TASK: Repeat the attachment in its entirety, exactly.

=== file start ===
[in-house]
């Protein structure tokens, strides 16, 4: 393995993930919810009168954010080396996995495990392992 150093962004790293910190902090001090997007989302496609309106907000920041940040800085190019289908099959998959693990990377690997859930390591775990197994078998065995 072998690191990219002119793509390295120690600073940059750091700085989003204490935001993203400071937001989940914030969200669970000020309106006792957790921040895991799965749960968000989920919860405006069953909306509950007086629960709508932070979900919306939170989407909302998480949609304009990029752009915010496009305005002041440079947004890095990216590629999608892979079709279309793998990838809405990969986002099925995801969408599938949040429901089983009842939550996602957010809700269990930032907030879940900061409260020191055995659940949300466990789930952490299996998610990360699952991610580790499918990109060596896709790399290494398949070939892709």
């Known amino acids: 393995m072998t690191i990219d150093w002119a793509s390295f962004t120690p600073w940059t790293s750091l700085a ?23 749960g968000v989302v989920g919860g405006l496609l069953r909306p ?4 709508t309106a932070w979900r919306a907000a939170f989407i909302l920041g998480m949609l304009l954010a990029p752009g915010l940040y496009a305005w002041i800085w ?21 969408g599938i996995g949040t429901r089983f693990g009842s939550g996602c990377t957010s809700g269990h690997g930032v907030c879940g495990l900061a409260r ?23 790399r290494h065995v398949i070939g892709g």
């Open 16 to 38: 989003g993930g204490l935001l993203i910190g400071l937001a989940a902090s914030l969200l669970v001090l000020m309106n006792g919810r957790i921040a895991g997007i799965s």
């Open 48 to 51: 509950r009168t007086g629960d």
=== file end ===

[in-house]
């Protein structure tokens, strides 16, 4: 393995993930919810009168954010080396996995495990392992 150093962004790293910190902090001090997007989302496609309106907000920041940040800085190019289908099959998959693990990377690997859930390591775990197994078998065995 072998690191990219002119793509390295120690600073940059750091700085989003204490935001993203400071937001989940914030969200669970000020309106006792957790921040895991799965749960968000989920919860405006069953909306509950007086629960709508932070979900919306939170989407909302998480949609304009990029752009915010496009305005002041440079947004890095990216590629999608892979079709279309793998990838809405990969986002099925995801969408599938949040429901089983009842939550996602957010809700269990930032907030879940900061409260020191055995659940949300466990789930952490299996998610990360699952991610580790499918990109060596896709790399290494398949070939892709």
């Known amino acids: 393995m072998t690191i990219d150093w002119a793509s390295f962004t120690p600073w940059t790293s750091l700085a ?23 749960g968000v989302v989920g919860g405006l496609l069953r909306p ?4 709508t309106a932070w979900r919306a907000a939170f989407i909302l920041g998480m949609l304009l954010a990029p752009g915010l940040y496009a305005w002041i800085w ?21 969408g599938i996995g949040t429901r089983f693990g009842s939550g996602c990377t957010s809700g269990h690997g930032v907030c879940g495990l900061a409260r ?23 790399r290494h065995v398949i070939g892709g």
């Open 16 to 38: 989003g993930g204490l935001l993203i910190g400071l937001a989940a902090s914030l969200l669970v001090l000020m309106n006792g919810r957790i921040a895991g997007i799965s």
């Open 48 to 51: 509950r009168t007086g629960d």